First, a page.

Simulated Galactic Cosmic Radiation Exposure Impairs Mouse Vertebral Bone Adaptations to Exercise During Recovery from Partial Weightbearing
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Partial weightbearing that simulates Lunar gravity (one-sixth of Earth’s gravitational force) results in a loss of bone volume. High-energy radiation like that found in galactic cosmic radiation exposure also negatively affects the skeleton. Because resistance training is the most effective exercise mode to counteract disuse-induced bone loss, this experiment combined low-dose, high-energy simulated galactic cosmic radiation (GCR) exposure, followed by a period of partial weightbearing (PWB), and then a period of climb training resistance exercise or normal cage activity during recovery. Ex vivo micro-computed tomography (μCT) scans were performed by Matthew Allen, PhD at the Indiana University School of Medicine to quantify cancellous bone microarchitecture in the 4th lumbar vertebral body before biomechanical compression tests were performed at Texas A&M University. Ash weights were calculated on the fifth lumbar vertebrae. Means for cancellous bone volume (%BV/TV), trabecular thickness (Tb.Th.), trabecular number (Tb.N.), ash weight, and maximum stress from Day 42 of the experiment were compared to Day 21 means using unpaired t-tests to determine the changes occurring through the recovery period. These change scores were then analyzed using a two-way ANOVA to determine differences across experimental groups. Exercise had no significant effect on ∆BV/TV or ∆Tb.Th., but ∆BV/TV and ∆Tb.Th. were significantly lower in RAD groups than in SHAM groups (p<0.001). Additionally, Ex SHAM bones showed gains in cancellous bone mass and trabecular thickness during the recovery period. SHAM groups increased in trabecular Tb.Th. during recovery, while the trabeculae of RAD bones became thinner. ∆Tb.N. was significantly higher in exercised groups than non-exercised groups (p<0.05), but no significant differences in ∆Tb.N. were shown between RAD and SHAM groups. Ash weights showed significant differences in bone mineral content between Ex RAD and Ex SHAM groups. While maximum stress data did not show significant changes during recovery, the trends mirror those seen in other tests of bone integrity. These data suggest that GCR exposure diminishes the ability of bone to respond to exercise during recovery form a period of reduced weightbearing.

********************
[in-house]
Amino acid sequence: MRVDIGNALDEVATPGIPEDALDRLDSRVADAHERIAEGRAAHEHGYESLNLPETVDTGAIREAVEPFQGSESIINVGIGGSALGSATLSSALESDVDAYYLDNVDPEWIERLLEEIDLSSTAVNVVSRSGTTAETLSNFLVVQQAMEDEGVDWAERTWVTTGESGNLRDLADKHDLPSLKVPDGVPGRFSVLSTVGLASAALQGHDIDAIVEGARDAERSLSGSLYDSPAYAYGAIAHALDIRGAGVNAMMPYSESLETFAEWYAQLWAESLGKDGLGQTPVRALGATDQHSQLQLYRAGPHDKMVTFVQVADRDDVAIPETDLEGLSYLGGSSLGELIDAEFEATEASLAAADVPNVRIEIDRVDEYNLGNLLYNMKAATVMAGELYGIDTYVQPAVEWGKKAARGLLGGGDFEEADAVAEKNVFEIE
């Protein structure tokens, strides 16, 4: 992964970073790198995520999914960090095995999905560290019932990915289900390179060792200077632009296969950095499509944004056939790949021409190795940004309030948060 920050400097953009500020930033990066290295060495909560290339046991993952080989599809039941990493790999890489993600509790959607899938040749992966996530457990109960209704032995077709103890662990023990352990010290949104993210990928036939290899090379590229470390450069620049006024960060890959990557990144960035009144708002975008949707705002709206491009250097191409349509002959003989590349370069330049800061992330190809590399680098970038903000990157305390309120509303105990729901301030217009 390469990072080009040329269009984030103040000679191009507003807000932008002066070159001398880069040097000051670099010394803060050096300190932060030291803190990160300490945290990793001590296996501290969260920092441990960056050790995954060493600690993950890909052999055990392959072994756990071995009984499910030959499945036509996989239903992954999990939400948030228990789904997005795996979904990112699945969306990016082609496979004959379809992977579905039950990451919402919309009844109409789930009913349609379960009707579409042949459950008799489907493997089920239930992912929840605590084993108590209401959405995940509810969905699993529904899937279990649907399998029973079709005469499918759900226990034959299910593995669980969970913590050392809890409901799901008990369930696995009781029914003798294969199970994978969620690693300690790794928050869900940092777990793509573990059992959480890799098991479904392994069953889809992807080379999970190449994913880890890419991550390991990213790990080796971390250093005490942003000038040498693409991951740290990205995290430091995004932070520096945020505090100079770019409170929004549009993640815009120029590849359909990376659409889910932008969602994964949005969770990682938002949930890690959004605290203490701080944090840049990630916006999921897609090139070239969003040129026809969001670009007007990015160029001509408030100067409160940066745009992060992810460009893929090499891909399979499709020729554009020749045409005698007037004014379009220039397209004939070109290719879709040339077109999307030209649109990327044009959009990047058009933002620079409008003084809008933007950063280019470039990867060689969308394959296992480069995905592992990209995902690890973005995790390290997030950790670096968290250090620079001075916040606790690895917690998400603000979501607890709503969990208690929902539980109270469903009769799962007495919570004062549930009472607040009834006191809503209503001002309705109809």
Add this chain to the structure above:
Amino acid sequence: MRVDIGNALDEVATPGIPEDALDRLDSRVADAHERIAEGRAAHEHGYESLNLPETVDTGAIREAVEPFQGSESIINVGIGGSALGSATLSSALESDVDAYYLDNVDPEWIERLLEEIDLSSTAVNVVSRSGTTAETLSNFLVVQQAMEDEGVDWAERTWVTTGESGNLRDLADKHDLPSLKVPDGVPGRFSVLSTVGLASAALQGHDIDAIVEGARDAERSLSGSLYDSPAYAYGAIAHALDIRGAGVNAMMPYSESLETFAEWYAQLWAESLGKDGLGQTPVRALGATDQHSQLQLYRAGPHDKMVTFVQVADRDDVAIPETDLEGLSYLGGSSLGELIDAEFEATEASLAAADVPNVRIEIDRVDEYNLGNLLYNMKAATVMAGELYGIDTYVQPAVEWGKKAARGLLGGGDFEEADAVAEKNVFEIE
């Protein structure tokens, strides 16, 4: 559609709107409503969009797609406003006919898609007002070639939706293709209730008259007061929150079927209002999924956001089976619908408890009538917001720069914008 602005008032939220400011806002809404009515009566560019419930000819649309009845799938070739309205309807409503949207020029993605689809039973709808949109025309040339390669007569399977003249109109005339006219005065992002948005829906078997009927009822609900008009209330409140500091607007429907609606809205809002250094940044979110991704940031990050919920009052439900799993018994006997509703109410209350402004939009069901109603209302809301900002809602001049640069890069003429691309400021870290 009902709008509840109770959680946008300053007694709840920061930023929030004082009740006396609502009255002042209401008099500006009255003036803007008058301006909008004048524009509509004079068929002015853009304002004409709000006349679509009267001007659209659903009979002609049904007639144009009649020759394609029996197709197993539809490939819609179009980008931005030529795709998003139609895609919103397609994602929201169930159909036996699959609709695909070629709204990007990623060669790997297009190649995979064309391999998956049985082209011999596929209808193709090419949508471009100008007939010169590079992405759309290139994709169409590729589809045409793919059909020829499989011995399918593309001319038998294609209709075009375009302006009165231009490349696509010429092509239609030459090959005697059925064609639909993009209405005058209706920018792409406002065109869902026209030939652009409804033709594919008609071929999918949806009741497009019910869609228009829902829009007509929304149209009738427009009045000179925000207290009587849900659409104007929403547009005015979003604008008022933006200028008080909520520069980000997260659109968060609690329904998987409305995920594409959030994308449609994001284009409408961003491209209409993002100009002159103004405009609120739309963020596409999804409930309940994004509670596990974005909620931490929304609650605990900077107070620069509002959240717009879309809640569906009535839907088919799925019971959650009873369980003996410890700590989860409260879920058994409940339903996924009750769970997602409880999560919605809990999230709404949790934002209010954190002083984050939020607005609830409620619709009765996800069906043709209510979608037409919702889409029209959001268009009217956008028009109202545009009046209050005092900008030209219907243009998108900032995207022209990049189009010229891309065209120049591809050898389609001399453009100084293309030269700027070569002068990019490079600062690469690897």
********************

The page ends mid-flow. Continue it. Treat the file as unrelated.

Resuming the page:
Subjectgalactic cosmic radiation
spaceflight-induced bone loss
Elmer, Katherine Anne (2013). Simulated Galactic Cosmic Radiation Exposure Impairs Mouse Vertebral Bone Adaptations to Exercise During Recovery from Partial Weightbearing. Undergraduate Research Scholars Program. Available electronically from